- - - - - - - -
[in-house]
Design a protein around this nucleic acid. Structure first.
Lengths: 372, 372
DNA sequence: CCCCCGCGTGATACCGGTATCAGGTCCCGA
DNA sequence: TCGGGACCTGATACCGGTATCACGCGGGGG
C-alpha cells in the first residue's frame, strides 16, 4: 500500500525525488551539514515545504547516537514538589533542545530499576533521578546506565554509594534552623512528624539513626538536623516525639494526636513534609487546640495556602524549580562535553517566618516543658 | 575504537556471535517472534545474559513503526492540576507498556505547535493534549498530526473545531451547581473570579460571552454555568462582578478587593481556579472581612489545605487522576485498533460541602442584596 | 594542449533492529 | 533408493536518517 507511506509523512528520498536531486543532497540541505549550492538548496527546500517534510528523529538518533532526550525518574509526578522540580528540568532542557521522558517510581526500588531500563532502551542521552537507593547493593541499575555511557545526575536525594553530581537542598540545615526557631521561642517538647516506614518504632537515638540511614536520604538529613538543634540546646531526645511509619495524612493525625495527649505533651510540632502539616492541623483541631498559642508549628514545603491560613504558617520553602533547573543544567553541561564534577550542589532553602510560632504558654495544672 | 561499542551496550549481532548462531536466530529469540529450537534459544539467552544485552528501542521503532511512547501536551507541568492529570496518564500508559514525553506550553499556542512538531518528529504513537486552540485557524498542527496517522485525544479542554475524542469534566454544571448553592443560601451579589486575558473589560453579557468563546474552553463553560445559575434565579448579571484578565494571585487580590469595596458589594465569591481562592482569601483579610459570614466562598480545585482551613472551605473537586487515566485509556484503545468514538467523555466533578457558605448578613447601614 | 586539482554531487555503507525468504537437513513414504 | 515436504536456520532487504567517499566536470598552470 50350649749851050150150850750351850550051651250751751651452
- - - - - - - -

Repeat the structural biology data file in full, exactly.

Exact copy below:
[in-house]
Design a protein around this nucleic acid. Structure first.
Lengths: 372, 372
DNA sequence: CCCCCGCGTGATACCGGTATCAGGTCCCGA
DNA sequence: TCGGGACCTGATACCGGTATCACGCGGGGG
C-alpha cells in the first residue's frame, strides 16, 4: 500500500525525488551539514515545504547516537514538589533542545530499576533521578546506565554509594534552623512528624539513626538536623516525639494526636513534609487546640495556602524549580562535553517566618516543658 | 575504537556471535517472534545474559513503526492540576507498556505547535493534549498530526473545531451547581473570579460571552454555568462582578478587593481556579472581612489545605487522576485498533460541602442584596 | 594542449533492529 | 533408493536518517 507511506509523512528520498536531486543532497540541505549550492538548496527546500517534510528523529538518533532526550525518574509526578522540580528540568532542557521522558517510581526500588531500563532502551542521552537507593547493593541499575555511557545526575536525594553530581537542598540545615526557631521561642517538647516506614518504632537515638540511614536520604538529613538543634540546646531526645511509619495524612493525625495527649505533651510540632502539616492541623483541631498559642508549628514545603491560613504558617520553602533547573543544567553541561564534577550542589532553602510560632504558654495544672 | 561499542551496550549481532548462531536466530529469540529450537534459544539467552544485552528501542521503532511512547501536551507541568492529570496518564500508559514525553506550553499556542512538531518528529504513537486552540485557524498542527496517522485525544479542554475524542469534566454544571448553592443560601451579589486575558473589560453579557468563546474552553463553560445559575434565579448579571484578565494571585487580590469595596458589594465569591481562592482569601483579610459570614466562598480545585482551613472551605473537586487515566485509556484503545468514538467523555466533578457558605448578613447601614 | 586539482554531487555503507525468504537437513513414504 | 515436504536456520532487504567517499566536470598552470 50350649749851050150150850750351850550051651250751751651452